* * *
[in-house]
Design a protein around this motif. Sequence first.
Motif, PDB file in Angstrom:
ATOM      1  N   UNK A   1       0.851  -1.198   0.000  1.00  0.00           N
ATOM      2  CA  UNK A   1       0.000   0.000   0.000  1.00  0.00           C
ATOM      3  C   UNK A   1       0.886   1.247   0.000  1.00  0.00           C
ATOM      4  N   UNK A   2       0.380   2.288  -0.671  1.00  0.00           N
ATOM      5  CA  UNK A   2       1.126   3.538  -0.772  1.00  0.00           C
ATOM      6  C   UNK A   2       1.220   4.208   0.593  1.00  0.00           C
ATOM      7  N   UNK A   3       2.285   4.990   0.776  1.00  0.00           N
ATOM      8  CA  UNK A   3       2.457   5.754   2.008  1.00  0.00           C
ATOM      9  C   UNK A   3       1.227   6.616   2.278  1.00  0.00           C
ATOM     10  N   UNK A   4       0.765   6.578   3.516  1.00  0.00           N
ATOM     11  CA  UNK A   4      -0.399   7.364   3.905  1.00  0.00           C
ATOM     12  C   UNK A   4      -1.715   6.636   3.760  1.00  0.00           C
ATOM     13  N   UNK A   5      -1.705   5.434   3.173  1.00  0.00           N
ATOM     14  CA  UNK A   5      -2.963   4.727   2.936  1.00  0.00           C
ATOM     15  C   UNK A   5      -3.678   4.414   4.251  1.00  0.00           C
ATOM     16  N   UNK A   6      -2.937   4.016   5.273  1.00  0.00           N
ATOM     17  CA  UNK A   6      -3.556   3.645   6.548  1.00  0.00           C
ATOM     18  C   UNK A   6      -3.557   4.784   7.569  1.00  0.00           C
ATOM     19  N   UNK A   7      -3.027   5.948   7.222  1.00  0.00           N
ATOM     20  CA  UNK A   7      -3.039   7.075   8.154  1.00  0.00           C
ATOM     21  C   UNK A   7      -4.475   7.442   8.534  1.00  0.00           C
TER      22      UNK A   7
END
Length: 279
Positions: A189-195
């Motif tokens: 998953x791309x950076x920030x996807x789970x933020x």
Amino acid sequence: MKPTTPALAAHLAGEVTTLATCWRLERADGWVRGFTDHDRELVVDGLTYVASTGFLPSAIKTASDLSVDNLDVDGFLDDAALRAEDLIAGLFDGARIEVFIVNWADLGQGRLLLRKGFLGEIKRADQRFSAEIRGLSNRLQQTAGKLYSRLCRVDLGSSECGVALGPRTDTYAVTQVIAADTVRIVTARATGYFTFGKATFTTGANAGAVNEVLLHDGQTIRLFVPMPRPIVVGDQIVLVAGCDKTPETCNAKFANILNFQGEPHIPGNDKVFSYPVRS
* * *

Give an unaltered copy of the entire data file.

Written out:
[in-house]
Design a protein around this motif. Sequence first.
Motif, PDB file in Angstrom:
ATOM      1  N   UNK A   1       0.851  -1.198   0.000  1.00  0.00           N
ATOM      2  CA  UNK A   1       0.000   0.000   0.000  1.00  0.00           C
ATOM      3  C   UNK A   1       0.886   1.247   0.000  1.00  0.00           C
ATOM      4  N   UNK A   2       0.380   2.288  -0.671  1.00  0.00           N
ATOM      5  CA  UNK A   2       1.126   3.538  -0.772  1.00  0.00           C
ATOM      6  C   UNK A   2       1.220   4.208   0.593  1.00  0.00           C
ATOM      7  N   UNK A   3       2.285   4.990   0.776  1.00  0.00           N
ATOM      8  CA  UNK A   3       2.457   5.754   2.008  1.00  0.00           C
ATOM      9  C   UNK A   3       1.227   6.616   2.278  1.00  0.00           C
ATOM     10  N   UNK A   4       0.765   6.578   3.516  1.00  0.00           N
ATOM     11  CA  UNK A   4      -0.399   7.364   3.905  1.00  0.00           C
ATOM     12  C   UNK A   4      -1.715   6.636   3.760  1.00  0.00           C
ATOM     13  N   UNK A   5      -1.705   5.434   3.173  1.00  0.00           N
ATOM     14  CA  UNK A   5      -2.963   4.727   2.936  1.00  0.00           C
ATOM     15  C   UNK A   5      -3.678   4.414   4.251  1.00  0.00           C
ATOM     16  N   UNK A   6      -2.937   4.016   5.273  1.00  0.00           N
ATOM     17  CA  UNK A   6      -3.556   3.645   6.548  1.00  0.00           C
ATOM     18  C   UNK A   6      -3.557   4.784   7.569  1.00  0.00           C
ATOM     19  N   UNK A   7      -3.027   5.948   7.222  1.00  0.00           N
ATOM     20  CA  UNK A   7      -3.039   7.075   8.154  1.00  0.00           C
ATOM     21  C   UNK A   7      -4.475   7.442   8.534  1.00  0.00           C
TER      22      UNK A   7
END
Length: 279
Positions: A189-195
């Motif tokens: 998953x791309x950076x920030x996807x789970x933020x």
Amino acid sequence: MKPTTPALAAHLAGEVTTLATCWRLERADGWVRGFTDHDRELVVDGLTYVASTGFLPSAIKTASDLSVDNLDVDGFLDDAALRAEDLIAGLFDGARIEVFIVNWADLGQGRLLLRKGFLGEIKRADQRFSAEIRGLSNRLQQTAGKLYSRLCRVDLGSSECGVALGPRTDTYAVTQVIAADTVRIVTARATGYFTFGKATFTTGANAGAVNEVLLHDGQTIRLFVPMPRPIVVGDQIVLVAGCDKTPETCNAKFANILNFQGEPHIPGNDKVFSYPVRS